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" For, by thy gracious, golden, glittering “ Since you have shore streams,
“ With shears his thread of silk. “ I trust to taste of truest Thisby's sight.
“ Tongue, not a word :“ But stay ;-0 spite!
“ Come, trusty sword ; “ But mark ;-Poor knight,
“ Come, blade, my breast imbrue: ** What dreadful dole is here?
" And farewell, friends ; “ Eyes, do you see?
“ Thus Thisby ends : “ How can it be?
“Adieu, adieu, adieu.”
[Dies. “ dainty duck! O dear!
The. Moonshine, and lion are left to bury “ Thy mantle good,
the dead. “ What, stain'd with blood ?
and wall too. “ Approach, ye furies fell!
Bot. No, I assure you ; the wall is down that * O fates! come, come;
parted their fathers. Will it please you to see “ Cut thread and thrum ;* *
the epilogue, or to hear a Bergomask dance, Quail, crush, conclude, and quell!!" between two of our company? The. This passion, and the death of a dear The. No epilogue, I pray you; for your play friend, would go near to make a man look sad. needs no excuse. Never excuse ; for when the
Hip. Beshrew my heart, but I pity the man. players are all dead, there need none to be Pyr. “0, wheretore, nature, didst thou lions blamed. Marry, if he that writ it, had play'd frame?
Pyramus, and hanged himself in Thisbe's gar“Since lion vile hath here deflour'd my dear: ter, it would bave been a fine tragedy: and so " Which is-no, no—which was the fairest it is, truly; and very notably discharged. But dame,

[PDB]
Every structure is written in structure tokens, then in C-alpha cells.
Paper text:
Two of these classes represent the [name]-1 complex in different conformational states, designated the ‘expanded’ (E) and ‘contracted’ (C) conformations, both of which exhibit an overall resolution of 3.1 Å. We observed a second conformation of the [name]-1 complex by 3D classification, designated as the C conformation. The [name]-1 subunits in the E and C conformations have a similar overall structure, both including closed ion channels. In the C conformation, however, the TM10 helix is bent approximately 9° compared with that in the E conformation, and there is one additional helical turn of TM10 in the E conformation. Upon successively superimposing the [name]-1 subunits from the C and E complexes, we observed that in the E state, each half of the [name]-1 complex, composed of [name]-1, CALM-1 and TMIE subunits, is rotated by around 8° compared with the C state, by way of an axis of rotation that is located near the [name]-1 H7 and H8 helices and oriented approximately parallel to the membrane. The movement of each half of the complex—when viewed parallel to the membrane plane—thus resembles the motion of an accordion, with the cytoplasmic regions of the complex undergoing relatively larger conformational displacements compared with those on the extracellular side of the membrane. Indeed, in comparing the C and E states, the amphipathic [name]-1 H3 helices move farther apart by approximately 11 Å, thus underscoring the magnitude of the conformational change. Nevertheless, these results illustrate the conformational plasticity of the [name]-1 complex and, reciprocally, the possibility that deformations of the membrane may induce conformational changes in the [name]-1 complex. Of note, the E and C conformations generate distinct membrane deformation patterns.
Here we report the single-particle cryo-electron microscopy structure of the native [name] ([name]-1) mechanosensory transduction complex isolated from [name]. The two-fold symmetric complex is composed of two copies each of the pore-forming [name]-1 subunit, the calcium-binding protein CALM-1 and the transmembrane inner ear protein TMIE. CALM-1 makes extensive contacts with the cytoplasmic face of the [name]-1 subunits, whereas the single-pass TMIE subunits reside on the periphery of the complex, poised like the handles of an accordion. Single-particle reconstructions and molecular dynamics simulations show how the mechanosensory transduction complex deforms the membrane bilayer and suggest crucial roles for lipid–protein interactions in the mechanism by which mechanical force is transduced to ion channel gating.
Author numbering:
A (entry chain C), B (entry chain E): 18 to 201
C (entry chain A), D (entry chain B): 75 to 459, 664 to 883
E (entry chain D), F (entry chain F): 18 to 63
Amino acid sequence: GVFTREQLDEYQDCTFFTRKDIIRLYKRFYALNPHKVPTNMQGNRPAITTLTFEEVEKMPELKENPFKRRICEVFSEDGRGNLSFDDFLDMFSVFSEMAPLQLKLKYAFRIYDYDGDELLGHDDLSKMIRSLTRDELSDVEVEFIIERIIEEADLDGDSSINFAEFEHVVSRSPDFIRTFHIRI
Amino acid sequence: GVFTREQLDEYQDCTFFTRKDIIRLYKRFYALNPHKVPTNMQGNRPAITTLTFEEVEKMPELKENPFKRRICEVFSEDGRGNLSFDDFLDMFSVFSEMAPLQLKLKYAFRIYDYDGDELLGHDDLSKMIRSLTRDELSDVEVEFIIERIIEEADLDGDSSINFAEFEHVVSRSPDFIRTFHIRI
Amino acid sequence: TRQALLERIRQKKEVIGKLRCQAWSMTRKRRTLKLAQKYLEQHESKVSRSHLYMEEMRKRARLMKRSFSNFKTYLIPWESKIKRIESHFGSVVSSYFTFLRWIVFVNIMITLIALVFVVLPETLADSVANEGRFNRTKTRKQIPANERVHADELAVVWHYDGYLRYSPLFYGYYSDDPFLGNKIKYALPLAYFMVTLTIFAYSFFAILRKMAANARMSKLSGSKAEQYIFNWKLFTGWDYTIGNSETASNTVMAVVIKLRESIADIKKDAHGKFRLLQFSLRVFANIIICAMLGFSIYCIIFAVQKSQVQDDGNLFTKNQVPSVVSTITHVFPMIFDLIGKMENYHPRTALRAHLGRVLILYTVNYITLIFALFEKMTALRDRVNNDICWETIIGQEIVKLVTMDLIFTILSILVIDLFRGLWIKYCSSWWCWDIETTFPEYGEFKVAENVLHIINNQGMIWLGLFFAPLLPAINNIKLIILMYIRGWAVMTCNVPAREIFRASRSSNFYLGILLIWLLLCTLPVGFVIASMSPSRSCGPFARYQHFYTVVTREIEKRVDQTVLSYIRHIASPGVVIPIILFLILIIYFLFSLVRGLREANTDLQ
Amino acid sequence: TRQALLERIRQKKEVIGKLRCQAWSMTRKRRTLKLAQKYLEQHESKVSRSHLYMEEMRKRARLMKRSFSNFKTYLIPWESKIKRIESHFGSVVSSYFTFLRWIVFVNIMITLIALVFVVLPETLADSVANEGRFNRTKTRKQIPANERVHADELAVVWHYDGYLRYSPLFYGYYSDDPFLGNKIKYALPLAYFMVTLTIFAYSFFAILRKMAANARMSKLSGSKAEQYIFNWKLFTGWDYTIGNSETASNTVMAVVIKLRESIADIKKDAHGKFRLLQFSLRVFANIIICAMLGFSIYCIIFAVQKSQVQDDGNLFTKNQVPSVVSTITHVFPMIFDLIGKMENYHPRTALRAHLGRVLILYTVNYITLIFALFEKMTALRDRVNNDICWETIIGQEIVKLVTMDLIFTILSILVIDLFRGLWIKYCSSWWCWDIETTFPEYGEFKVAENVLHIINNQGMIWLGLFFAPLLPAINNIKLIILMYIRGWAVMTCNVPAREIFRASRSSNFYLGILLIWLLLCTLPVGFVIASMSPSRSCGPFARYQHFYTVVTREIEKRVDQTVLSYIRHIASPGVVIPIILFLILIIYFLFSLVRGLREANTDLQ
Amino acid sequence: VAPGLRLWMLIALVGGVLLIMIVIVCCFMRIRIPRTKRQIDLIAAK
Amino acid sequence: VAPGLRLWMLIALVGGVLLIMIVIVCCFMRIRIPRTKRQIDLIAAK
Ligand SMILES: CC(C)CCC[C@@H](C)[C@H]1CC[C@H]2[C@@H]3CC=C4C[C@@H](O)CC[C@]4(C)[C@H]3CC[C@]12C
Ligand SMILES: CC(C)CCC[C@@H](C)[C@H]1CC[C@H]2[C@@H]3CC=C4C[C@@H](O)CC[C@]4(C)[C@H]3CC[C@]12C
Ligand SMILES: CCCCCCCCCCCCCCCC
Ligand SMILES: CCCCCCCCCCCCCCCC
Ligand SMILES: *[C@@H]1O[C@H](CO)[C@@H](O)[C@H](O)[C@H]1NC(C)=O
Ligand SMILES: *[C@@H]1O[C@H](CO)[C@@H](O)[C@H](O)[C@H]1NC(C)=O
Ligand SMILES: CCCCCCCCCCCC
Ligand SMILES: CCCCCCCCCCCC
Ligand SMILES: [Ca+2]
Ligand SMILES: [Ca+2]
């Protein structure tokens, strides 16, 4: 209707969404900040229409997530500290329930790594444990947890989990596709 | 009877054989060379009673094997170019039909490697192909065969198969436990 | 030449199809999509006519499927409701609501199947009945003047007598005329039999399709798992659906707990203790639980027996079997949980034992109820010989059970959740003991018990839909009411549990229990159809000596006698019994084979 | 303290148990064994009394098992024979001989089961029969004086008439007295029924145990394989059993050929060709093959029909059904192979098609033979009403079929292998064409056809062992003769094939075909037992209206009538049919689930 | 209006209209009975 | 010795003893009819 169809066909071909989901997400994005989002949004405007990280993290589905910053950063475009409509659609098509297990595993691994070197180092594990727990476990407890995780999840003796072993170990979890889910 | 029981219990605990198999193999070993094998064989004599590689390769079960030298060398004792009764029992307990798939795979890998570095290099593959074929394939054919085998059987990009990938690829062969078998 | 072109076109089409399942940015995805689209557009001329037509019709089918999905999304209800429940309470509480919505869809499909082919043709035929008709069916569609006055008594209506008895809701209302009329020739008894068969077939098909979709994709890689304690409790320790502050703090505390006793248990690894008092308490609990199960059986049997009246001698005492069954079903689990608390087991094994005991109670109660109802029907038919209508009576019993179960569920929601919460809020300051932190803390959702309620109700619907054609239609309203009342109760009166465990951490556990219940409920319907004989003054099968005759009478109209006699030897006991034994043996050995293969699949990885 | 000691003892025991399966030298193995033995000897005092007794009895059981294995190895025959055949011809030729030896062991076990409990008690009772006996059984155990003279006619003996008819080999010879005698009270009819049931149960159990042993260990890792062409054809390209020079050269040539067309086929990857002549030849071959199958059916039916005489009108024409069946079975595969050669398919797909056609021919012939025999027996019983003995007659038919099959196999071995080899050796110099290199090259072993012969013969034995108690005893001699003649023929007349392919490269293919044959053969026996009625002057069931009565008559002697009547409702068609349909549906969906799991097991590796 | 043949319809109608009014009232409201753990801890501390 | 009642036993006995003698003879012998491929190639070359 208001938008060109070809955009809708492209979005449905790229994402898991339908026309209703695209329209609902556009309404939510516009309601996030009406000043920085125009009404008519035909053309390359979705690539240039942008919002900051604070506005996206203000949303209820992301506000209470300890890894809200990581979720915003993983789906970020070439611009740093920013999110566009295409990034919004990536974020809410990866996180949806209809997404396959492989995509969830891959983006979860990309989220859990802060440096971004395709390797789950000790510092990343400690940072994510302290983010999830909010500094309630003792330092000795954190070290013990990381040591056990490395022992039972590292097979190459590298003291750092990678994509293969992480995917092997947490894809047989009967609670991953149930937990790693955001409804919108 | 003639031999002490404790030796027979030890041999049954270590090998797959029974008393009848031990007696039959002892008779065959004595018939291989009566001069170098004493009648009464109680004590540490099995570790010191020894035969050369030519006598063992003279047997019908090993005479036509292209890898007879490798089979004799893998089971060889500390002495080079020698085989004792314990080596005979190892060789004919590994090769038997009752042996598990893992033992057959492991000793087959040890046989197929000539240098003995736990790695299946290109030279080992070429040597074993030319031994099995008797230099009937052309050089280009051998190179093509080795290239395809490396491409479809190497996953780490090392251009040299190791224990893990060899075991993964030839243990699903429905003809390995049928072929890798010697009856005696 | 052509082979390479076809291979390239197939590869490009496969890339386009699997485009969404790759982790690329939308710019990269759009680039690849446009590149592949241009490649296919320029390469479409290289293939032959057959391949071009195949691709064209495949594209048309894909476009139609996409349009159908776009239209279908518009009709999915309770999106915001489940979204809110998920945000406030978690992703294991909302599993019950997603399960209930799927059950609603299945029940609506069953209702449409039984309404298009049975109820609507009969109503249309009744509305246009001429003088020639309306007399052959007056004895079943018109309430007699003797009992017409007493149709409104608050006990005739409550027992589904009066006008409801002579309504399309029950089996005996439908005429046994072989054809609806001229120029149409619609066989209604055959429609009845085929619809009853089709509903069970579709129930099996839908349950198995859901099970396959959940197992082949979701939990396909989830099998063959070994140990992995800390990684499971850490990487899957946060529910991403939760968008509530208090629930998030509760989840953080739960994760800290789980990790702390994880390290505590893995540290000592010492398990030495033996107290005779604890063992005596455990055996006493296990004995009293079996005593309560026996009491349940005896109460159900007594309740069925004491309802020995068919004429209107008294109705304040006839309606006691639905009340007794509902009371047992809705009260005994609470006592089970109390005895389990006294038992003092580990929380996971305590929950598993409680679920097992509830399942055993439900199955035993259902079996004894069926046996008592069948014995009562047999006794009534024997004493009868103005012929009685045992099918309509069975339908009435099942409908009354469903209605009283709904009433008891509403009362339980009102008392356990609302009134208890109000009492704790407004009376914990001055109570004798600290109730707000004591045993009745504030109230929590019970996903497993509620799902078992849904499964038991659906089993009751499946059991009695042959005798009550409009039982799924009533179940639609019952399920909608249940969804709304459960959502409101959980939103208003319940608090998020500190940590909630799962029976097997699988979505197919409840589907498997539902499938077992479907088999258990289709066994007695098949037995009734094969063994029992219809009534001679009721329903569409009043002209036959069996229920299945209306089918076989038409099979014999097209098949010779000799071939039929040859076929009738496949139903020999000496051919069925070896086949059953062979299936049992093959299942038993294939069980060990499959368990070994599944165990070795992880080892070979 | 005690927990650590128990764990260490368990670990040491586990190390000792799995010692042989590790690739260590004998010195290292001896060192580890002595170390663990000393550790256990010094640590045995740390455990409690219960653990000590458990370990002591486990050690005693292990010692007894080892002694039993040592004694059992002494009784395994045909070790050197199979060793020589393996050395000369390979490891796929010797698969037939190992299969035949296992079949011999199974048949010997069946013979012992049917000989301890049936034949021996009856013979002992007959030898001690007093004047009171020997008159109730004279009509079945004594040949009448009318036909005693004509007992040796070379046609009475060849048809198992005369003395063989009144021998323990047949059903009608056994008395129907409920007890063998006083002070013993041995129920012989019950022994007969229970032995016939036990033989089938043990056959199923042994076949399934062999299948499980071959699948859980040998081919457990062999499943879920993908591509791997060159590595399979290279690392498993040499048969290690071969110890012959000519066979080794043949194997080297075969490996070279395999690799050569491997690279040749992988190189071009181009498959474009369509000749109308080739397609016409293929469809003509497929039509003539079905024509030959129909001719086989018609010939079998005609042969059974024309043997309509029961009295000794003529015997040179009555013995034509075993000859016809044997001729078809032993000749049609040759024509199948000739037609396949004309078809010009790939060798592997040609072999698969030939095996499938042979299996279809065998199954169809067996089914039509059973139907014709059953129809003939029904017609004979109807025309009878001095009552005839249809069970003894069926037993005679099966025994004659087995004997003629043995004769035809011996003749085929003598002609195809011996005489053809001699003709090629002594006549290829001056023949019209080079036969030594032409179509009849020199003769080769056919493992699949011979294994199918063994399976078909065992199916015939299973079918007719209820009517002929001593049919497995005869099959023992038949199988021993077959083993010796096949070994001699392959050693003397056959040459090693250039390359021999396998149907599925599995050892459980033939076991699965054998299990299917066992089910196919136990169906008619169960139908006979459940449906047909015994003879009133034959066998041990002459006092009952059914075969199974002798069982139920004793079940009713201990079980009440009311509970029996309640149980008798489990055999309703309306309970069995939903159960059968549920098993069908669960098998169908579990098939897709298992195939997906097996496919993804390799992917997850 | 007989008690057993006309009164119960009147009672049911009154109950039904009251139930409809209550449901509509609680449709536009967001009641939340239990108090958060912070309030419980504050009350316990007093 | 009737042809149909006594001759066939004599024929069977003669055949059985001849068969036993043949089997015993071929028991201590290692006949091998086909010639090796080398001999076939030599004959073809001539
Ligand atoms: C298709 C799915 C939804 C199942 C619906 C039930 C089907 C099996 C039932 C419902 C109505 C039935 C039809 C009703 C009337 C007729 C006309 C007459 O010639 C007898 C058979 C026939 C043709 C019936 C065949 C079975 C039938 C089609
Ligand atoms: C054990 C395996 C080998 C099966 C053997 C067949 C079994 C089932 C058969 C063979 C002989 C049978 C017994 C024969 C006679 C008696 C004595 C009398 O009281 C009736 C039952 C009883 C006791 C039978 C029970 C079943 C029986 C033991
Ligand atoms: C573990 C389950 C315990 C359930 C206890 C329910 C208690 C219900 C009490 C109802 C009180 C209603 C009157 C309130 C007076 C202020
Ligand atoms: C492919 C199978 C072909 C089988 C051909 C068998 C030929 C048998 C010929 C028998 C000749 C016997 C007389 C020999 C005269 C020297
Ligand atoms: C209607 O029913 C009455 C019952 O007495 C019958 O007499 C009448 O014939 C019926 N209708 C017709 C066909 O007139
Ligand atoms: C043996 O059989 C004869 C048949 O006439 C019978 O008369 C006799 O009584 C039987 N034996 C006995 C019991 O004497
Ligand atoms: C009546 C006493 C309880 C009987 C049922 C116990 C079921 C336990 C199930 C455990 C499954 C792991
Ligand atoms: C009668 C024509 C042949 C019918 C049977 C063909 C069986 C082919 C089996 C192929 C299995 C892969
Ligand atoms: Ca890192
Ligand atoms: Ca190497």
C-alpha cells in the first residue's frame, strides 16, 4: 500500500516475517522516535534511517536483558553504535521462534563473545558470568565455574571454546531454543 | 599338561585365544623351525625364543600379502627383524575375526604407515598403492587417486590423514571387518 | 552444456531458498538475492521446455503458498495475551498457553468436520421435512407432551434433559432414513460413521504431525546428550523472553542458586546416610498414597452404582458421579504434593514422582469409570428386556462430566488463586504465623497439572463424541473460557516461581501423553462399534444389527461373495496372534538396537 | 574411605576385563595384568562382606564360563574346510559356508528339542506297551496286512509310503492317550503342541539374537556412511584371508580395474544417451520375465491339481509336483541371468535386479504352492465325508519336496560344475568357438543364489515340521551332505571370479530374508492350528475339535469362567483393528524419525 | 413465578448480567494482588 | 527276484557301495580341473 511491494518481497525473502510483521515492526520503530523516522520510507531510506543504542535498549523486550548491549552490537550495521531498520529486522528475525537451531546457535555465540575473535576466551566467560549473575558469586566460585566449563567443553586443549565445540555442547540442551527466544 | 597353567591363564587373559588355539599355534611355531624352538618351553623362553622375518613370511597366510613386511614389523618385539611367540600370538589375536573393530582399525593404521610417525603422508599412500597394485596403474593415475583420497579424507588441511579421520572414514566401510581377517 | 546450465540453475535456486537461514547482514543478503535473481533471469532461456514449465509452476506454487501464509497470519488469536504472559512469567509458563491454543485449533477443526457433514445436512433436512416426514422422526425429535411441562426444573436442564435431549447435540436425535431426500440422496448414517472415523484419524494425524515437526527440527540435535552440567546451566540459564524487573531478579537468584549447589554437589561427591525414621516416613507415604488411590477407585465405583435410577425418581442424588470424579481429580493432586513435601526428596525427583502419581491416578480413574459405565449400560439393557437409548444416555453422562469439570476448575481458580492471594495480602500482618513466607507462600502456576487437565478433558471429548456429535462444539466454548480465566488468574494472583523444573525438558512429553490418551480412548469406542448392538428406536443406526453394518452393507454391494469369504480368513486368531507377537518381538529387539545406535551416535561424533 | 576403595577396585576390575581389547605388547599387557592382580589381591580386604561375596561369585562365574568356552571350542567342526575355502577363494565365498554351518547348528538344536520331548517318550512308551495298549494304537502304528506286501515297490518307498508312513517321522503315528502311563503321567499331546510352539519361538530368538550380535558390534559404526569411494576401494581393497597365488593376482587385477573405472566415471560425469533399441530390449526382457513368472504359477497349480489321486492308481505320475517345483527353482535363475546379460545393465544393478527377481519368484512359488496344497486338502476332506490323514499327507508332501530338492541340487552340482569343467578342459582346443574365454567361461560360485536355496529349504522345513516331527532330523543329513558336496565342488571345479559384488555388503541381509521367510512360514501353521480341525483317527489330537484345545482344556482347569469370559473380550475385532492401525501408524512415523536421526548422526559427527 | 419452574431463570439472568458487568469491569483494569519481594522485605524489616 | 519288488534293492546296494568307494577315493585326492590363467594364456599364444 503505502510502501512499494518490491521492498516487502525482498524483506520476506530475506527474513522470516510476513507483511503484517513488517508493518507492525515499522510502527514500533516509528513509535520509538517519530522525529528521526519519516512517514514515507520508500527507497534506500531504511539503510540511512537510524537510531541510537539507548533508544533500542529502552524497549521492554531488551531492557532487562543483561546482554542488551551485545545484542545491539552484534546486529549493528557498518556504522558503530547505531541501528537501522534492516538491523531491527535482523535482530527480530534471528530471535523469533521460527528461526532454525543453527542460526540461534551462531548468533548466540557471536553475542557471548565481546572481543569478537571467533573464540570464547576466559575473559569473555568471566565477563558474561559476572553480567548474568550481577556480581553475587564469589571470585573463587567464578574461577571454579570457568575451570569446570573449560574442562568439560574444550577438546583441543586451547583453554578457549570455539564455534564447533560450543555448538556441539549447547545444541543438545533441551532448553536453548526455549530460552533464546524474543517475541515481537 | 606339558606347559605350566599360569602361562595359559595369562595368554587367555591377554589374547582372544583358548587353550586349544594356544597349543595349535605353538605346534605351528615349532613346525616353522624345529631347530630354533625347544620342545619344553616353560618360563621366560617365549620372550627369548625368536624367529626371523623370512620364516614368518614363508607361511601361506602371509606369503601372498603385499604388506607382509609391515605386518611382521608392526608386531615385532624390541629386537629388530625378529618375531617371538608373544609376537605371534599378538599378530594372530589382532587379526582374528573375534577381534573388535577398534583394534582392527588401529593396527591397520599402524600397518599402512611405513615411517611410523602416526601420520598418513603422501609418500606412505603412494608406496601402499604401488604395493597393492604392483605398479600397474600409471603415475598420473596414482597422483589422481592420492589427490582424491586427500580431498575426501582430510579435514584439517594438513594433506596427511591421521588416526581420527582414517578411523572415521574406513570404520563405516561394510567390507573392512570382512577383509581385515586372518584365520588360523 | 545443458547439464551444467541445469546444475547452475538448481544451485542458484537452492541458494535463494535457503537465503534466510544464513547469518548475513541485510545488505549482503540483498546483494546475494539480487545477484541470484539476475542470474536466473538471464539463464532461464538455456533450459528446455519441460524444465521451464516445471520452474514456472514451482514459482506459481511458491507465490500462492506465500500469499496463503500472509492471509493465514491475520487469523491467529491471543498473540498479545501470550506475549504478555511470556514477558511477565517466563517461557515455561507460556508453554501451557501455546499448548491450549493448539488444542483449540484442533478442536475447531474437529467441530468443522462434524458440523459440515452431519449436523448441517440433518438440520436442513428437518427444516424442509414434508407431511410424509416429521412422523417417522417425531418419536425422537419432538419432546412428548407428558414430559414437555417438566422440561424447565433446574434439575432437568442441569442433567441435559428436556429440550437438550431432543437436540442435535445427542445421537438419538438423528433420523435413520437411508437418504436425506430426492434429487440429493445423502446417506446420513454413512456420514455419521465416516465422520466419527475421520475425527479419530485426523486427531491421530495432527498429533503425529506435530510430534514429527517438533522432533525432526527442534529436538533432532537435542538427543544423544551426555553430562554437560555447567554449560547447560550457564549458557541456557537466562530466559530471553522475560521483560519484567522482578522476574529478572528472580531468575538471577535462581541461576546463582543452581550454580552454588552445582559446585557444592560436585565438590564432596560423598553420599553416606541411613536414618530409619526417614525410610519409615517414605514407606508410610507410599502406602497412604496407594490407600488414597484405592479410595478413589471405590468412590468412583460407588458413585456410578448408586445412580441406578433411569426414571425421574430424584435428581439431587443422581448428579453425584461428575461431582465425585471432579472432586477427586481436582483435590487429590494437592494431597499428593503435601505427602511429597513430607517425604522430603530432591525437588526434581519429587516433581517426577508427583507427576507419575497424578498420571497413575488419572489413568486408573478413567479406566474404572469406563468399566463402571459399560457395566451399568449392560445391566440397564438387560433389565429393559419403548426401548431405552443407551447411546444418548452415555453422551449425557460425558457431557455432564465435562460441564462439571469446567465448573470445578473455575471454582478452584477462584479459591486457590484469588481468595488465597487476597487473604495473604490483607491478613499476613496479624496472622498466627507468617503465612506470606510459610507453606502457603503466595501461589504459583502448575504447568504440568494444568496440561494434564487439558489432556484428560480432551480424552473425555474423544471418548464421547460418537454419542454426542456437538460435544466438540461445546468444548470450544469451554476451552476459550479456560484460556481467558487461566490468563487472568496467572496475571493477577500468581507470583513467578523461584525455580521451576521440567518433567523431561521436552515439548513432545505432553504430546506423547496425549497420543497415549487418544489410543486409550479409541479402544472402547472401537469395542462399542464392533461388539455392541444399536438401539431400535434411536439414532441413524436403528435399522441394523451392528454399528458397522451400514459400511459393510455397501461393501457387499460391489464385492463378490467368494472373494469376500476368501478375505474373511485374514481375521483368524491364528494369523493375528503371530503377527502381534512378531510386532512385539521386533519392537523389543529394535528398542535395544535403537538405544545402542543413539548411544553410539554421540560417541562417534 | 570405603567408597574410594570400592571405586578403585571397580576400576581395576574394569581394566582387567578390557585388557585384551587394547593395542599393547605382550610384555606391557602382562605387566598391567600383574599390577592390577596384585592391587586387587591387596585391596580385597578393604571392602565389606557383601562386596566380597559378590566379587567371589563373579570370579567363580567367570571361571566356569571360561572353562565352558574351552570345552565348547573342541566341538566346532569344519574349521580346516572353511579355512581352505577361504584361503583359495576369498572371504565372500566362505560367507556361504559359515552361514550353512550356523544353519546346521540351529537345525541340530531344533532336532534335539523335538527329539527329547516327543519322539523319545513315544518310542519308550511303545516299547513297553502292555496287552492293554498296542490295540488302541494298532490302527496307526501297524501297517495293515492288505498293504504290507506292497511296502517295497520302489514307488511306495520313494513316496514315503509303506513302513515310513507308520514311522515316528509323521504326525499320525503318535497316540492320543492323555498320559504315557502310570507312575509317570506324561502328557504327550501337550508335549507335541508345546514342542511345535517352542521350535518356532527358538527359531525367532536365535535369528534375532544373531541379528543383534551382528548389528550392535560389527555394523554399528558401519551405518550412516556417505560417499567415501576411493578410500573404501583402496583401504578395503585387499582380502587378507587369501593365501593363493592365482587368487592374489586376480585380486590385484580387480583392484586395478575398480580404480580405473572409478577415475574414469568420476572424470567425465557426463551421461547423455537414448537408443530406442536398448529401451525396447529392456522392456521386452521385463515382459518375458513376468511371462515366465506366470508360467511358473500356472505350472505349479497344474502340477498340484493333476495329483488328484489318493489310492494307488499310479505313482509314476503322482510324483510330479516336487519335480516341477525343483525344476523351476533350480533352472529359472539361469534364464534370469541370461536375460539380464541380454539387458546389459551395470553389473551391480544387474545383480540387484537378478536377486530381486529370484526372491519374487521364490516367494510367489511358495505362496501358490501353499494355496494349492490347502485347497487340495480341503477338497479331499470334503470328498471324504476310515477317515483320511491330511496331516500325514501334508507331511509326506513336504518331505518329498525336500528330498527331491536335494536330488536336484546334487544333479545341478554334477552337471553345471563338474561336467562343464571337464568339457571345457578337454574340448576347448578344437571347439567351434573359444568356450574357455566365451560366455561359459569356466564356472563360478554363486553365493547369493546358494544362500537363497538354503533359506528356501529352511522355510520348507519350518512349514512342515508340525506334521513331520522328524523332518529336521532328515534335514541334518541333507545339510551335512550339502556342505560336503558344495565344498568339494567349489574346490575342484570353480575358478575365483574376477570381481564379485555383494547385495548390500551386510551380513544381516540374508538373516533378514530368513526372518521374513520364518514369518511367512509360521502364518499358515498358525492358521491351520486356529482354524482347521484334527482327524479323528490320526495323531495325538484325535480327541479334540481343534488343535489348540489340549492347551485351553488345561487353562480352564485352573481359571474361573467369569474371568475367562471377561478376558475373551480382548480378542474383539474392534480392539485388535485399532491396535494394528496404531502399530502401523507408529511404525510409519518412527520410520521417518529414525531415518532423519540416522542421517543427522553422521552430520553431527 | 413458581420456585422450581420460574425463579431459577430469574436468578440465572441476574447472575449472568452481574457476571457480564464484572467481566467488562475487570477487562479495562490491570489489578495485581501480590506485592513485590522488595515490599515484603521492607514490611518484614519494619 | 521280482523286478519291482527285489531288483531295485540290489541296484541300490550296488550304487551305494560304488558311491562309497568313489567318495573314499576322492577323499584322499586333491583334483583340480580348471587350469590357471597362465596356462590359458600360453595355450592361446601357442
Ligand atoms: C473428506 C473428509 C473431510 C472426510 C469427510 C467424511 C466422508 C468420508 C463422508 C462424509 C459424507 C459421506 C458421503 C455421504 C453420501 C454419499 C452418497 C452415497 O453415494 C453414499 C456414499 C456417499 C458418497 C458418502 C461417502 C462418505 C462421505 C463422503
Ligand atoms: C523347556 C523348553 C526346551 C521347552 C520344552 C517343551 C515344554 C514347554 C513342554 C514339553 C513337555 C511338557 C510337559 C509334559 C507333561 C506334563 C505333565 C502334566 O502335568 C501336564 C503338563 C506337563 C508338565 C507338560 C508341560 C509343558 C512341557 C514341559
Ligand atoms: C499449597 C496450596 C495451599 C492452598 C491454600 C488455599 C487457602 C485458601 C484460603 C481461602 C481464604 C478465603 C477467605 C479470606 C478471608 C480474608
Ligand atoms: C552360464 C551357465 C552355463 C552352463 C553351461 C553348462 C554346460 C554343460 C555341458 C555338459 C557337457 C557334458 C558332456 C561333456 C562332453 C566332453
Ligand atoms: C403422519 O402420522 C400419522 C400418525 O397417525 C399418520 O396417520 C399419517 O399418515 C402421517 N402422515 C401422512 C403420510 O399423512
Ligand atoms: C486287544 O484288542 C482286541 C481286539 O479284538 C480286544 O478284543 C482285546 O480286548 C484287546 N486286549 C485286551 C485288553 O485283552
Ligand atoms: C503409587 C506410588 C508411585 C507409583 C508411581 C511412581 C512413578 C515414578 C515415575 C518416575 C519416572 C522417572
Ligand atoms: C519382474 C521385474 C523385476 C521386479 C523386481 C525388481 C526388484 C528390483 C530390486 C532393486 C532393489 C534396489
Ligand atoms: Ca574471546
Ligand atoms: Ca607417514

come, your Bergomask: let your epilogue “That liv'd, that lov'd, that lik’d, that look'd
alone. [Here a dance of Clowns. with cheer.
The iron tongue of midnight hath told twelve: “ Come, tears, confound;
Lovers, to bed ; 'tis almost fairy time. “ Out, sword, and wound
I fear we shall out-sleep the coming morn, " The pap of Pyramus:
As much as we this night have overwatch'd. Ay, that left lap,
This palpable-gross play hath well beguil'd « Where heart doth hop:
The heavy gait* of night.–Sweet friends, to " Thus die I, thus, thus, thus.
bed.« Now am I dead,
A fortnight hold we this solemnity, * Now am I fled;
In nightly revels, and new jollity. (Exeunt , “ My soul is in the sky: Tongue, lose thy light!
SCENE II.-Enter Puck. “ Moon, take thy flight! “Now die, die, die, die, die.
Puck. Now the hungry lion roars,
And the wolf behowls the moon; (Dies.-Exit MOONSHINE. Dem. No die, but an ace, for him; for he is
Whilst the heavy ploughman snores, but one.
All with weary task fordone.t Lys. Less than an ace, man; for he is dead;
Now the wasted brands do glow, he is nothing.
Whilst the scritch-owl, scritching loud, The. With the help of a surgeon, he might
Puts the wretch, that lies in woe, yet recover, and prove an ass.
In remembrance of a shroud. Hip. How chance moonshine is gone, before
Now it is the time of night, Thisbe comes back and finds her lover?